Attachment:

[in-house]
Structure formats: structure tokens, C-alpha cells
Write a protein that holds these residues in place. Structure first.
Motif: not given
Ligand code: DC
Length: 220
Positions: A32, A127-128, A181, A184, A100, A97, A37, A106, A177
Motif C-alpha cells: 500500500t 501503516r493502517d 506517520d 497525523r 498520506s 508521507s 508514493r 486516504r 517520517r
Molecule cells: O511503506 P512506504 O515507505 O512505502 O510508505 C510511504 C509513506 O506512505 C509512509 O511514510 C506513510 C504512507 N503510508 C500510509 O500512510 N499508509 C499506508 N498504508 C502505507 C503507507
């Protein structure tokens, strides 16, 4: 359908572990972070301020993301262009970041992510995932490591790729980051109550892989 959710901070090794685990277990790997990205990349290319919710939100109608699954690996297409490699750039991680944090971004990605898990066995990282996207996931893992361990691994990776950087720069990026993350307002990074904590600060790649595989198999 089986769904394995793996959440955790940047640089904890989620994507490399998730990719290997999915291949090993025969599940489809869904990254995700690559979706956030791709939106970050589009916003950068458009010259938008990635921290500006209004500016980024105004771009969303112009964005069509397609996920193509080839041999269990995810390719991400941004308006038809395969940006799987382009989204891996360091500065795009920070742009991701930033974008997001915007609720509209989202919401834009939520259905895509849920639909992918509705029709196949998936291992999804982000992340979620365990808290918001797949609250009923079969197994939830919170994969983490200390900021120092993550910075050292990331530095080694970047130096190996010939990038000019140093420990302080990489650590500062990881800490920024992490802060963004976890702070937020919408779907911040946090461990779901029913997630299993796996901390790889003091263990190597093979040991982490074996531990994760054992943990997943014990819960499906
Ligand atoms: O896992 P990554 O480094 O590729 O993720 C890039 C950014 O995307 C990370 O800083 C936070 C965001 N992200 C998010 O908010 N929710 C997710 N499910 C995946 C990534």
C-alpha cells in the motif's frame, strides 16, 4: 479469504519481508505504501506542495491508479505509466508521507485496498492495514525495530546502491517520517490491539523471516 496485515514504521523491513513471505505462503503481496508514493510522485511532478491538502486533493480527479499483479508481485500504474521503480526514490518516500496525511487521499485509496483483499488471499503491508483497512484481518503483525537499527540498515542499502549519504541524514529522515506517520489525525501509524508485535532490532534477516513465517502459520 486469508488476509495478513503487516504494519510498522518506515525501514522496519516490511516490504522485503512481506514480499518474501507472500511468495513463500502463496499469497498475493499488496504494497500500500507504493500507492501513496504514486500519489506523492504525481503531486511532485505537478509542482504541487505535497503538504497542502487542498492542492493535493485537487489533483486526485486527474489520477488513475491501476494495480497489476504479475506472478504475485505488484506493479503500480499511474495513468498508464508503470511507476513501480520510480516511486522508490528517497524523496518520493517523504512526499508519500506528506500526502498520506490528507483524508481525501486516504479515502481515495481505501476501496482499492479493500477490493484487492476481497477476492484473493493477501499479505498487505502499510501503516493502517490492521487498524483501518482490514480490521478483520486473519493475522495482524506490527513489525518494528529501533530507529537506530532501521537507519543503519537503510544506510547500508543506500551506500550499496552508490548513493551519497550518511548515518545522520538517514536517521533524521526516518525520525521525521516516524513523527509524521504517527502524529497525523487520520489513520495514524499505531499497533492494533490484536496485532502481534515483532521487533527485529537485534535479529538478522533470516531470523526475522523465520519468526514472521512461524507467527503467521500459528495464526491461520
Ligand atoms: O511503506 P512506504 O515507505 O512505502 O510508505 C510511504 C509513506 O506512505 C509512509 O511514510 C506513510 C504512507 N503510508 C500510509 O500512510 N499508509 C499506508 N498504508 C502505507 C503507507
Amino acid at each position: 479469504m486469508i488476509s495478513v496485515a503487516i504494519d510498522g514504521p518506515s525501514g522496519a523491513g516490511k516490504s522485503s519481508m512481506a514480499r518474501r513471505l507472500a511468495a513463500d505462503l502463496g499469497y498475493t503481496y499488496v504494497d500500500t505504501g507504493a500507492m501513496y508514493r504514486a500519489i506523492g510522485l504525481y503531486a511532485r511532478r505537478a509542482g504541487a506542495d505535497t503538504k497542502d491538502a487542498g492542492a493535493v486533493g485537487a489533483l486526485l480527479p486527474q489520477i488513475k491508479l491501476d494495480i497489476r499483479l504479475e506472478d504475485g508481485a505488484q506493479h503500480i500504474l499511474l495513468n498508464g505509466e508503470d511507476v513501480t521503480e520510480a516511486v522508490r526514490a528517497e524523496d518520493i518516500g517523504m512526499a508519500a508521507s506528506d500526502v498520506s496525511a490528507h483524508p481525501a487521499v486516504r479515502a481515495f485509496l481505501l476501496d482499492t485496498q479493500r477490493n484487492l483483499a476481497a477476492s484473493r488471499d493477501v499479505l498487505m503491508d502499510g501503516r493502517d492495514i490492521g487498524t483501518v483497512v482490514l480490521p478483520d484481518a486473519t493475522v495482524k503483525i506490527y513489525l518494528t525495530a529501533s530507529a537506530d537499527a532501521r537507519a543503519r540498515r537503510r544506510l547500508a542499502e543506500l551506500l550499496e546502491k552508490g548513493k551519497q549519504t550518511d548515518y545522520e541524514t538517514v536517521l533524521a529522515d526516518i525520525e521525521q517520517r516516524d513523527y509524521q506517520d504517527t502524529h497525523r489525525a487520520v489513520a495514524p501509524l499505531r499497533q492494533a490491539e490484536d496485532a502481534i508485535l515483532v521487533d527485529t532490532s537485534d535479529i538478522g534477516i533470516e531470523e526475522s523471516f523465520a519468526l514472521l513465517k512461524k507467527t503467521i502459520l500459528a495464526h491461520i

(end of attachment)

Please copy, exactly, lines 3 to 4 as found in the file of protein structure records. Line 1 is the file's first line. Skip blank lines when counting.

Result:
Write a protein that holds these residues in place. Structure first.
Motif: not given